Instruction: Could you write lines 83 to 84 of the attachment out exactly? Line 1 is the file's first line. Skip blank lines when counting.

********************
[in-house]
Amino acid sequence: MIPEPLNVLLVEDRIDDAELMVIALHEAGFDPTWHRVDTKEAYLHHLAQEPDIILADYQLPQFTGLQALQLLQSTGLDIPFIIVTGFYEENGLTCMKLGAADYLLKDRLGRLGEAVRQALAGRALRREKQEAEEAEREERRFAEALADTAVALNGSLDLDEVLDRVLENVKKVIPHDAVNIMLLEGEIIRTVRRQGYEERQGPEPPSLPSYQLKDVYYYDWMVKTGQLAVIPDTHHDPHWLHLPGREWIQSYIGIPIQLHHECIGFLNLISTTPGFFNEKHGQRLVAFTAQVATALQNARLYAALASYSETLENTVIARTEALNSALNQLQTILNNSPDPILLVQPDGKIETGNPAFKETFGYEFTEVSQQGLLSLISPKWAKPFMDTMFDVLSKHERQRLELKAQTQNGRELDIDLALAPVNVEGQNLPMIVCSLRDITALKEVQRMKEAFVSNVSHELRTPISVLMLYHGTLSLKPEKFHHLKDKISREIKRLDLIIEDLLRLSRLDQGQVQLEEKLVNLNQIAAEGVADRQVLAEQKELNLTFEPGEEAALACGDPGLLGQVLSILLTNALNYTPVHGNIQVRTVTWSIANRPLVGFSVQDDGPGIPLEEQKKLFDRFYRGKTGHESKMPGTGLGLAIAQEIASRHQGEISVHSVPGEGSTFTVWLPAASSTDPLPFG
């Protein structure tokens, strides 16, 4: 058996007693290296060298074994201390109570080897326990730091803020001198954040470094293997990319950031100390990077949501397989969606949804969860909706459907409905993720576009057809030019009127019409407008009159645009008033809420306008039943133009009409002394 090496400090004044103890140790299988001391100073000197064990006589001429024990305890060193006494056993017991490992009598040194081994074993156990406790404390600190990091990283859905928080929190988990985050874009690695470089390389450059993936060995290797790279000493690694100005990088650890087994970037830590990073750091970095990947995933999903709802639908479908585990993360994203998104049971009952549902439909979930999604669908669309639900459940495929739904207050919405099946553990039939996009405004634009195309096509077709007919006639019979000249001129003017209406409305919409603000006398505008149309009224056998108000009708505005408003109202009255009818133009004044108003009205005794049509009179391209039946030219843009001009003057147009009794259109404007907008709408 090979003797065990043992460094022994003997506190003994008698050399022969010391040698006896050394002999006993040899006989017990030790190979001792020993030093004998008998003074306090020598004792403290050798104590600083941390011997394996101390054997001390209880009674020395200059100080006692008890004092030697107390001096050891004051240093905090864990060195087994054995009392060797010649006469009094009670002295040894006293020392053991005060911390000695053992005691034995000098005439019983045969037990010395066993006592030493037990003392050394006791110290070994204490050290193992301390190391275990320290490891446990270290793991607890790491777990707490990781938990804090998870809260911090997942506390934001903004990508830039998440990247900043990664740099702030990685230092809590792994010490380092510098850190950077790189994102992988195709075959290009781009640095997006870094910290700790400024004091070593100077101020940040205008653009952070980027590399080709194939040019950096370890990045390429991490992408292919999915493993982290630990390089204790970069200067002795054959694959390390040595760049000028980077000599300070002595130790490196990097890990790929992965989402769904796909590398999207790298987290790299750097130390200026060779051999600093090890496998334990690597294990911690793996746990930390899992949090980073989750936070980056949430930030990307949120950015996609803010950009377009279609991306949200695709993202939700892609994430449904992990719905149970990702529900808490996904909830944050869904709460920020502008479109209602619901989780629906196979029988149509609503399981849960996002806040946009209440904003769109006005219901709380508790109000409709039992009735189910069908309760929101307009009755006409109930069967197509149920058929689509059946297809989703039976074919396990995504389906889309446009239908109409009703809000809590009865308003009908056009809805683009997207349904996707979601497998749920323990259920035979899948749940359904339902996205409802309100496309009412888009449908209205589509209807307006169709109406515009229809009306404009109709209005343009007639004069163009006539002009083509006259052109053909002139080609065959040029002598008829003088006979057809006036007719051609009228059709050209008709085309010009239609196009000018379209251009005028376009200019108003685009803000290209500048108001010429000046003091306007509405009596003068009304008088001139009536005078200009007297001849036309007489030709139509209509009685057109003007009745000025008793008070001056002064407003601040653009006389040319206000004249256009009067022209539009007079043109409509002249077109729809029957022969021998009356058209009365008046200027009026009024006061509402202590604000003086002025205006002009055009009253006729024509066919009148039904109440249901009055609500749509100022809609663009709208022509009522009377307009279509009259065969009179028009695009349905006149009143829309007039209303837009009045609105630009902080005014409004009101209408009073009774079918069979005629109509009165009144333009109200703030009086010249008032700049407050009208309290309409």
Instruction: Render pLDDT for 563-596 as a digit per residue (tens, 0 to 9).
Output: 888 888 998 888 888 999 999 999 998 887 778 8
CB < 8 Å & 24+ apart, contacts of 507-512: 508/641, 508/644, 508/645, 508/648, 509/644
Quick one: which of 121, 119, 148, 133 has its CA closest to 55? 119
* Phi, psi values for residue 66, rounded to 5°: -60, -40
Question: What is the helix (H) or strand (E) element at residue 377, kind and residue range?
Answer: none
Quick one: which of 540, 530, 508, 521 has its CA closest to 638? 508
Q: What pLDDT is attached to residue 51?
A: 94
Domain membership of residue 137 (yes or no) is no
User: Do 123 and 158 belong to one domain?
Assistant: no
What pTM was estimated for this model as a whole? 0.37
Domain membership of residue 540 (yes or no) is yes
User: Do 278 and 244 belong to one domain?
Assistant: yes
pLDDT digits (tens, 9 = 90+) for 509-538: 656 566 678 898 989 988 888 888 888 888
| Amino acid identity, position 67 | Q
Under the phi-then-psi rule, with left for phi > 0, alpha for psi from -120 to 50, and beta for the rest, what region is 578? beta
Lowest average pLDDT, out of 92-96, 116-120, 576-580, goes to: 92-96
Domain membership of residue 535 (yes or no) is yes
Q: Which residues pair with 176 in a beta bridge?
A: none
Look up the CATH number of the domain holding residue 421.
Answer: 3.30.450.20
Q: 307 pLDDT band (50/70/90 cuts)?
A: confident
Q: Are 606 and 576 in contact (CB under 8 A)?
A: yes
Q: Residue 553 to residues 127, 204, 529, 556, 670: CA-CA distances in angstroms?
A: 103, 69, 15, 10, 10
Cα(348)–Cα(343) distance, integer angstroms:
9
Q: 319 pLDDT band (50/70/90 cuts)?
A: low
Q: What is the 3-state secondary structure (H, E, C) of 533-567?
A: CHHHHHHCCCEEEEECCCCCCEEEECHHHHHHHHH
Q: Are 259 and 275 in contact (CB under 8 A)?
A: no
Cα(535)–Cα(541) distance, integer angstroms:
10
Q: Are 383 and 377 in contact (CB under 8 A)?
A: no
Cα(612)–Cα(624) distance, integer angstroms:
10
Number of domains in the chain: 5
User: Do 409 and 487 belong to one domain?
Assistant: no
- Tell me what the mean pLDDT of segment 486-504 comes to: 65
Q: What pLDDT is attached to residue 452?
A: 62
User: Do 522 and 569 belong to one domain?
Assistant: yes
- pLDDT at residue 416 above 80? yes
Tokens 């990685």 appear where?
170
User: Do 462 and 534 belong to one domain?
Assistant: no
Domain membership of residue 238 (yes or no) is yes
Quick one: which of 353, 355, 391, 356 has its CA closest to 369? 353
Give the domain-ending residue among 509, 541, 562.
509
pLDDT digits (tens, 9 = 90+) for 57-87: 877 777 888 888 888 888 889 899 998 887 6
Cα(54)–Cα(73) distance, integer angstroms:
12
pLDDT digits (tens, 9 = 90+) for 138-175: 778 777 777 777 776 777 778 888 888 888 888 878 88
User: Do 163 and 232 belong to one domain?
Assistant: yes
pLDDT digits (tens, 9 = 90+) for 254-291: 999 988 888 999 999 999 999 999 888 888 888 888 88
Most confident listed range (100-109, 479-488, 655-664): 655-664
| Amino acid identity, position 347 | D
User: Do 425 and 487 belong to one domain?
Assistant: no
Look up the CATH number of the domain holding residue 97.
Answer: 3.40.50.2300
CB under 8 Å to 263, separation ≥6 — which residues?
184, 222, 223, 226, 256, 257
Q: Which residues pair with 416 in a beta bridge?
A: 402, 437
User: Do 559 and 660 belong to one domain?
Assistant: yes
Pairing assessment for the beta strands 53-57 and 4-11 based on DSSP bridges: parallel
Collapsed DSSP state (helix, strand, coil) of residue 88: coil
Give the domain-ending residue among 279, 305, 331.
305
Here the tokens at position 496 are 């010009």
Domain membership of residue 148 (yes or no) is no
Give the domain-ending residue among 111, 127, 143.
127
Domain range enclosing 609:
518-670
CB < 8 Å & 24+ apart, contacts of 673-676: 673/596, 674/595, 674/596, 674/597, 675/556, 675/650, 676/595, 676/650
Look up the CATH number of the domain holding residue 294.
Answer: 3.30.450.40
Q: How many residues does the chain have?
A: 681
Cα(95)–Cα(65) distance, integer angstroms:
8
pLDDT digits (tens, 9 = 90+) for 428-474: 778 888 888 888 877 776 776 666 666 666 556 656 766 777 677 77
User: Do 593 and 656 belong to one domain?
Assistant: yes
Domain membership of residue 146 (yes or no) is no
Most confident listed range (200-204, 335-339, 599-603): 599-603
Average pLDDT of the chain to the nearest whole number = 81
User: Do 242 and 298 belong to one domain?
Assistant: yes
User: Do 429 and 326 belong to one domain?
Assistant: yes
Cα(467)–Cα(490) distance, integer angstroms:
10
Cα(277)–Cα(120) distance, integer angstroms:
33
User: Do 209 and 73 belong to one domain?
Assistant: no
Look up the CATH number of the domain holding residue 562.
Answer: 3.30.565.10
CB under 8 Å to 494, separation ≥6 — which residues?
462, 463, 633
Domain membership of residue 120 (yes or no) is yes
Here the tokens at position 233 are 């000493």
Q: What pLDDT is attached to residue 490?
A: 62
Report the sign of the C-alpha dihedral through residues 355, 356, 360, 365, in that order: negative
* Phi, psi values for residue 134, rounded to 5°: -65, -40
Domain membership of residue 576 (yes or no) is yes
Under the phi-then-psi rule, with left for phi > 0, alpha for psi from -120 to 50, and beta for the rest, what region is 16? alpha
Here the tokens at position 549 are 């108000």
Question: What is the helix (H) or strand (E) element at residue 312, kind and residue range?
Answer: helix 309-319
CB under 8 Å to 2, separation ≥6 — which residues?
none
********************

A: 402, 437
User: Do 559 and 660 belong to one domain?